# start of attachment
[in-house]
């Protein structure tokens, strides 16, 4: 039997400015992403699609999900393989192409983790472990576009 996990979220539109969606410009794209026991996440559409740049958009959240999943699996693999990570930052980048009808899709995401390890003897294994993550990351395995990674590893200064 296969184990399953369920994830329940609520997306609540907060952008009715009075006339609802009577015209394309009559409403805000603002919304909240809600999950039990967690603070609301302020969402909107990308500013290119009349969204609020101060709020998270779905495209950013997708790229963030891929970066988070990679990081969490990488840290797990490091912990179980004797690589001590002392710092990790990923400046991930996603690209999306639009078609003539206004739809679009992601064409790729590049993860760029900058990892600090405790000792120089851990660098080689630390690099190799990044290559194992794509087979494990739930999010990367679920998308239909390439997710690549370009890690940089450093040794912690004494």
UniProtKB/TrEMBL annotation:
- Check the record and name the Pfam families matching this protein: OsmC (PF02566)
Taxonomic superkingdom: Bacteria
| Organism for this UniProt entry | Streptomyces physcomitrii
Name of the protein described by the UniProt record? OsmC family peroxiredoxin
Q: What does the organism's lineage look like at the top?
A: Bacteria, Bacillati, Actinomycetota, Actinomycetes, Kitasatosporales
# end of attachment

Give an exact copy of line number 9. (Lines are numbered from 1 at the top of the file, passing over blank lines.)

A: Bacteria, Bacillati, Actinomycetota, Actinomycetes, Kitasatosporales